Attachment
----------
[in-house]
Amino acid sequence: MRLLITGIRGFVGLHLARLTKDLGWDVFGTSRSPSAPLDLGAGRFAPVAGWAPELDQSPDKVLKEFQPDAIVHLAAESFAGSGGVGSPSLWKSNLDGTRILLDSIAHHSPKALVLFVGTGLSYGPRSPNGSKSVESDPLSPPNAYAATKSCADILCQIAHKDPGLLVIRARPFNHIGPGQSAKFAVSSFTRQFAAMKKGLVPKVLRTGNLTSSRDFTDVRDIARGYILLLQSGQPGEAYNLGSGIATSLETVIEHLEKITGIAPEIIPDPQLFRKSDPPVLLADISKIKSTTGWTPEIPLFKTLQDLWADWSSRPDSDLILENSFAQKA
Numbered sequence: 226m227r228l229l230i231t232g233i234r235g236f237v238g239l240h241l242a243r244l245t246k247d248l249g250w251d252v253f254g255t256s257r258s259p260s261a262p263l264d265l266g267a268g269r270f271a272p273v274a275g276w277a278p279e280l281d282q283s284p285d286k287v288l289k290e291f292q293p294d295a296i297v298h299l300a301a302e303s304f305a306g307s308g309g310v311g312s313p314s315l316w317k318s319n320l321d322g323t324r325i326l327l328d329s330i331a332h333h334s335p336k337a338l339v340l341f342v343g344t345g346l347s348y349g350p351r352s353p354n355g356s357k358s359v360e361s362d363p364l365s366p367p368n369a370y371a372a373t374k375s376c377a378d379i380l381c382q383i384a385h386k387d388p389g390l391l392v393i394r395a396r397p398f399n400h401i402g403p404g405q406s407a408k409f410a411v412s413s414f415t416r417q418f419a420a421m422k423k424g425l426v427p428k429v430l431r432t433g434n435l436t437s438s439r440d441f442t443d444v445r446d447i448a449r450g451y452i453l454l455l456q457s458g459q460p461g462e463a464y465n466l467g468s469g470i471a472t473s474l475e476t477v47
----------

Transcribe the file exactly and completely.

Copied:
[in-house]
Amino acid sequence: MRLLITGIRGFVGLHLARLTKDLGWDVFGTSRSPSAPLDLGAGRFAPVAGWAPELDQSPDKVLKEFQPDAIVHLAAESFAGSGGVGSPSLWKSNLDGTRILLDSIAHHSPKALVLFVGTGLSYGPRSPNGSKSVESDPLSPPNAYAATKSCADILCQIAHKDPGLLVIRARPFNHIGPGQSAKFAVSSFTRQFAAMKKGLVPKVLRTGNLTSSRDFTDVRDIARGYILLLQSGQPGEAYNLGSGIATSLETVIEHLEKITGIAPEIIPDPQLFRKSDPPVLLADISKIKSTTGWTPEIPLFKTLQDLWADWSSRPDSDLILENSFAQKA
Numbered sequence: 226m227r228l229l230i231t232g233i234r235g236f237v238g239l240h241l242a243r244l245t246k247d248l249g250w251d252v253f254g255t256s257r258s259p260s261a262p263l264d265l266g267a268g269r270f271a272p273v274a275g276w277a278p279e280l281d282q283s284p285d286k287v288l289k290e291f292q293p294d295a296i297v298h299l300a301a302e303s304f305a306g307s308g309g310v311g312s313p314s315l316w317k318s319n320l321d322g323t324r325i326l327l328d329s330i331a332h333h334s335p336k337a338l339v340l341f342v343g344t345g346l347s348y349g350p351r352s353p354n355g356s357k358s359v360e361s362d363p364l365s366p367p368n369a370y371a372a373t374k375s376c377a378d379i380l381c382q383i384a385h386k387d388p389g390l391l392v393i394r395a396r397p398f399n400h401i402g403p404g405q406s407a408k409f410a411v412s413s414f415t416r417q418f419a420a421m422k423k424g425l426v427p428k429v430l431r432t433g434n435l436t437s438s439r440d441f442t443d444v445r446d447i448a449r450g451y452i453l454l455l456q457s458g459q460p461g462e463a464y465n466l467g468s469g470i471a472t473s474l475e476t477v47